US Open Men’s Final Now On Monday

The US Open is making a change.

Well you can consider it just making it official.

Much like the last few years, the Open Men’s Final will take place on Monday with the Women’s final on Sunday.

Because of rain, this was the way it happened over the past few years, but now it’s etched in stone.

“We listened to the players and understood we needed to accommodate their request for an extra day of rest between the semifinals and final,” said USTA Spokesman Widmaier said. “The USTA reached out to many of the top players, player agents as well as the respective tours. So far, everything has been fairly positive. The day of rest is being embraced across the board. Because of the nature of the game, and to assure a final that can be played at the highest competitive level, you need an extra day of rest. We recognized that.”

But the ATP isn’t happy about it.

“The ATP and its players have made it clear to the US Open that we do not support a Monday final,” the ATP said in a statement. “We strongly believe the US Open should keep a similar schedule to the other Grand Slams, with the men’s semifinals completed by Friday and the final on Sunday.

“It is unfortunate the US Open response did not reflect our views on this issue and the ATP and its players will continue to pursue this matter in its discussions with the USTA.”

Of course, the Open is going to go where the TV networks say and if CBS wants it on Monday it will be on Monday. No bowl betting odds will say otherwise.

And with the rain a factor now, having the extra day will build in a buffer so the Open doesn’t go any longer.

Prince Congratulates Tour Team Member Maria Sharapova on First WTA Tour Title Since Return From Surgery

10/03/09 – Bordentown, NJ – When the new WTA tour rankings are released on Monday, a familiar name will once again be in the top 20. After being sidelined by shoulder surgery for nine months, Maria Sharapova made her return to tournament tennis in May with her new Prince O3 Speedport Black racquet in hand. Since then, she has made a steady climb back up the rankings and has now captured her first tour title since the comeback.

Sharapova reeled off five consecutive games to reach a 5-2 lead over current world #8 Jelena Jankovic, before Jankovic retired the match due to injury, to win the Toray Pan Pacific Open in Tokyo.

“We want to congratulate Maria on her title in Tokyo and all she has already accomplished during her comeback,” said Linda Glassel, VP of Marketing at Prince. “Getting over shoulder surgery is no small feat, for any athlete, and we are proud to continue to work and supply Maria with the most technically advanced product to not only help her get her back to #1 in the world, but raise her game to new heights.”

“It’s great to have that adrenaline again. It’s funny to win trophies again after thinking I might never be able to hit a tennis ball again,” said the three-time Grand Slam champion, Sharapova. “But I’m back and I’m hungry. I can be better than before and win more Grand Slams.”

The win marks Sharapova’s 20th career title and first since Amelia Island in April of 2008. It was Sharapova’s second final in her last three tournament appearances.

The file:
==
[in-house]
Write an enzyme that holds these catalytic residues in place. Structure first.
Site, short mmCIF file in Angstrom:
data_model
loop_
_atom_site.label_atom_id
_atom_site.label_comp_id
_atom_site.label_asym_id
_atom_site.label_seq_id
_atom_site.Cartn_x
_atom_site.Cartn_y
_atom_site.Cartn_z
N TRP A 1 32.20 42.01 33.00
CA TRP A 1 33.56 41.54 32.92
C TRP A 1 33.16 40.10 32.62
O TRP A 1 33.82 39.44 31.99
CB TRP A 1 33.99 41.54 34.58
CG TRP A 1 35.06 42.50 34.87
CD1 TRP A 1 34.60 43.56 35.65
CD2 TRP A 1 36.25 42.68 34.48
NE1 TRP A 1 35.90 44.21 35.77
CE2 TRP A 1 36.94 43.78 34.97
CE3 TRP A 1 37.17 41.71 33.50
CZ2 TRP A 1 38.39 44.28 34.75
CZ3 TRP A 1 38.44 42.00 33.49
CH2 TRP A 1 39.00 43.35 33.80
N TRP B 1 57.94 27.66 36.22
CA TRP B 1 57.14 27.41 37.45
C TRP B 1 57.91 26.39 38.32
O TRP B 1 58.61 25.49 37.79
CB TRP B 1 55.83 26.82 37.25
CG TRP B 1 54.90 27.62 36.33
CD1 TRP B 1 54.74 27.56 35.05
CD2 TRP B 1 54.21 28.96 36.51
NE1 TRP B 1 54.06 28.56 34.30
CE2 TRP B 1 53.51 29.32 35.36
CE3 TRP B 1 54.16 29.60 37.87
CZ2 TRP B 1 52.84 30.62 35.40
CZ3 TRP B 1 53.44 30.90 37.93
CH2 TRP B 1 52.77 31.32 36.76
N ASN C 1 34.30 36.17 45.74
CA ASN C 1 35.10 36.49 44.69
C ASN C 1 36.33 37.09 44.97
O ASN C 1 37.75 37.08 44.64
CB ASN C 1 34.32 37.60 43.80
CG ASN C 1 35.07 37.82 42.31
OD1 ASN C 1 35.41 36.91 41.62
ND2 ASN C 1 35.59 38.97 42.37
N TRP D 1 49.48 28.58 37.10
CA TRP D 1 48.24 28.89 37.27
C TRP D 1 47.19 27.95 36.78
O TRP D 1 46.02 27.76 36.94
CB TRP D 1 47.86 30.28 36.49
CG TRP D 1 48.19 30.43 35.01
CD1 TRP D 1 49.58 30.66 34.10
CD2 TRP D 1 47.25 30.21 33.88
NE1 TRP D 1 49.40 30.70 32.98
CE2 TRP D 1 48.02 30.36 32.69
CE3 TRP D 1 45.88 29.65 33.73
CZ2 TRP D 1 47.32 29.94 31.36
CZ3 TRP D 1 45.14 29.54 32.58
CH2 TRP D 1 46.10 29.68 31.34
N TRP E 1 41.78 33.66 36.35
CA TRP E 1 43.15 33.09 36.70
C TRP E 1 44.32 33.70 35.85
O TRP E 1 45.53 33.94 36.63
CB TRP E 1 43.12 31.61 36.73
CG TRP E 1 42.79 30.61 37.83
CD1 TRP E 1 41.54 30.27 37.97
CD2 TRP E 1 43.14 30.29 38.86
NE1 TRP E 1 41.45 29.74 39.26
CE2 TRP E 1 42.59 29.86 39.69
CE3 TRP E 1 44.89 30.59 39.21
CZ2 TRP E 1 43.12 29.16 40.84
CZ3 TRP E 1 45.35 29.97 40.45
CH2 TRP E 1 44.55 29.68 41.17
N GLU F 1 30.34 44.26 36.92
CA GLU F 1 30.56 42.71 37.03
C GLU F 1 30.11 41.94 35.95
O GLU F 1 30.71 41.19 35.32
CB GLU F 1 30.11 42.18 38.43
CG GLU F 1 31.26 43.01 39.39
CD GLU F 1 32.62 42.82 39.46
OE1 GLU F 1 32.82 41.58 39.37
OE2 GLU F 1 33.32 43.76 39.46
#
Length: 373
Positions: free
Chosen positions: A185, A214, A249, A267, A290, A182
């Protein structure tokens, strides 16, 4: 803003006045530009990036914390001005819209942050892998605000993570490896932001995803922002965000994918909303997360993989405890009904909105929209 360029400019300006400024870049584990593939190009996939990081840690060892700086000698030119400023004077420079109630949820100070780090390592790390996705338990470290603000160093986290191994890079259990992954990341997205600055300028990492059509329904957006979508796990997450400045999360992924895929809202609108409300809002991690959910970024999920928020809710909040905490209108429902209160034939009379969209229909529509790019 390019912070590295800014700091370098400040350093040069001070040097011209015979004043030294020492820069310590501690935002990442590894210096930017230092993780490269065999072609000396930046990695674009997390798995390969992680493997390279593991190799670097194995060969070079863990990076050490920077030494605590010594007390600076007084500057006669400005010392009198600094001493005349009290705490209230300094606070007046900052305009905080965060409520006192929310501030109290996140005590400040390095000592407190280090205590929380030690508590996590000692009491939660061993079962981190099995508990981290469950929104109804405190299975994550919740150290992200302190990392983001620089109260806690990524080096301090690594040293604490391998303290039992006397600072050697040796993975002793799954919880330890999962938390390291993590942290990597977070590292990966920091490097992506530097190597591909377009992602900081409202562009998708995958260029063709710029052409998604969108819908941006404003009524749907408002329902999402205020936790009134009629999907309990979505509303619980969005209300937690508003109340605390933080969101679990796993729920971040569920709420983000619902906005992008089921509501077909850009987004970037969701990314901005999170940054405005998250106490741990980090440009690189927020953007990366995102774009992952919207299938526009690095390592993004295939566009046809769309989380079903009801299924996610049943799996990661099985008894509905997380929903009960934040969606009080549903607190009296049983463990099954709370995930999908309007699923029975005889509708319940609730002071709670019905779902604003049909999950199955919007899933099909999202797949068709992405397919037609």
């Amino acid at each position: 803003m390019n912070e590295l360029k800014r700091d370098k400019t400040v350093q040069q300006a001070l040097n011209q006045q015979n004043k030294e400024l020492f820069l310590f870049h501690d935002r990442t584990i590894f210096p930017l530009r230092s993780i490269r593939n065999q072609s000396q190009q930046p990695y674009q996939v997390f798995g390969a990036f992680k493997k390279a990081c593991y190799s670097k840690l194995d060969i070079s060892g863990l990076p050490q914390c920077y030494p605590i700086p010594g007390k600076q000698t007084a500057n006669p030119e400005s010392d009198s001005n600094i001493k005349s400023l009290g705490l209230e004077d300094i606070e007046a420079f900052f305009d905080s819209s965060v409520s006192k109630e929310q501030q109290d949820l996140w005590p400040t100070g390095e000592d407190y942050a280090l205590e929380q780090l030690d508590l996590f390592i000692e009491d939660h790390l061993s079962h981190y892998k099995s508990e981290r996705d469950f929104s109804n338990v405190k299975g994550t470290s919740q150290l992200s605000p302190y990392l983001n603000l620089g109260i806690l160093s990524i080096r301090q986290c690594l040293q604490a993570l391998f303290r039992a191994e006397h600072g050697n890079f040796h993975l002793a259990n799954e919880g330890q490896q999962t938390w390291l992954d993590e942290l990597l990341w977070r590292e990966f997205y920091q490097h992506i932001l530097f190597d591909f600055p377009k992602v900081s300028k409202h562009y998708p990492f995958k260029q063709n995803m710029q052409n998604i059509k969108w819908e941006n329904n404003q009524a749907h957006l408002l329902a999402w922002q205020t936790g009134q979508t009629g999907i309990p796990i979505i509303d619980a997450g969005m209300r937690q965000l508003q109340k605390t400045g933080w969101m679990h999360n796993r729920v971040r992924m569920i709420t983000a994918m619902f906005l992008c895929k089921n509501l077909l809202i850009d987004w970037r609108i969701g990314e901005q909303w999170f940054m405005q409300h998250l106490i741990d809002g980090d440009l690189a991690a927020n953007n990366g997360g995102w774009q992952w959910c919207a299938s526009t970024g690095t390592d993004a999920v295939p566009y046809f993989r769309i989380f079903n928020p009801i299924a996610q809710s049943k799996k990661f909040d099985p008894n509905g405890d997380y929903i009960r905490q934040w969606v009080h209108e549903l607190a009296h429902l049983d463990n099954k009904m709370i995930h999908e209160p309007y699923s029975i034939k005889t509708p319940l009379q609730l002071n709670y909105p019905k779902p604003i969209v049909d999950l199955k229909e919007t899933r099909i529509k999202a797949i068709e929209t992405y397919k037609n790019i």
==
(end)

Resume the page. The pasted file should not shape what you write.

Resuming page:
Sharapova is one of more than 20 ATP and WTA touring pros currently using the Prince O3 Speedport Black. Prince’s performance racquet line features racquets with the Company’s ground-breaking O-technology – easily identifiable by the large, visible ports along the racquet frame.
For more information about the O3 Speedport Black, other models in Prince’s performance racquet line or any other categories, visit

An Excerpt from “Quest for Perfection”

Roger Federer is looking for his sixth straight US Open men’s singles title at the 2009. The first of his five straight titles in New York came in 2004 when he defeated Lleyton Hewitt, his third-round victim in 2009, in the final. Rene Stauffer, the author of the Federer biography THE ROGER FEDERER STORY: QUEST FOR PERFECTION ($24.95, New Chapter Press, details the 2004 US Open final between Federer and Hewitt in his celebrated tome. The brief book excerpt is seen below…

Awaiting him in the final was another of his past nemeses, Lleyton Hewitt, the 2001 US Open champion. The Australian skipped the Olympic Games, but won the two ATP tournaments played concurrently to the Olympics in Washington, D.C. and in Long Island. Entering his match with Federer, he won his last 16 matches and did not surrender a set in his six-match run to the final.

It only took 17 minutes for Federer to hand Hewitt his first lost set of the tournament, losing only five points in a near perfect execution of tennis. When Hewitt won his first game of the match after Federer led 6-0, 2-0, the crowd at Arthur Ashe Stadium gave him a standing ovation. Federer contin­ued to be the much stronger player, until a lapse of concentration and a run of errors and missed serves allowed Hewitt to win four straight games after trailing 2-5 in the second set.

“If he had managed to win the second set, it would have turned out to be an entirely different match,” Federer said. “I forced myself to keep positive. I said to myself that I only got this break because I was playing against the wind and I was serving with old balls. When I changed sides, everything actually did go easier.”

Federer held serve at 5-6 to force the tiebreak and won that 7-3. The two-set lead broke Hewitt’s resistance and Federer plowed through the final set 6-0 to win his first US Open championship.

“First I was surprised that Lleyton was no longer getting to the ball,” Federer said of his moment of victory. “Then I was suddenly lying on my back, look­ing into the sky at the lights of the stadium. I thought, ‘That’s unbelievable.’ Once again I was close to tears.”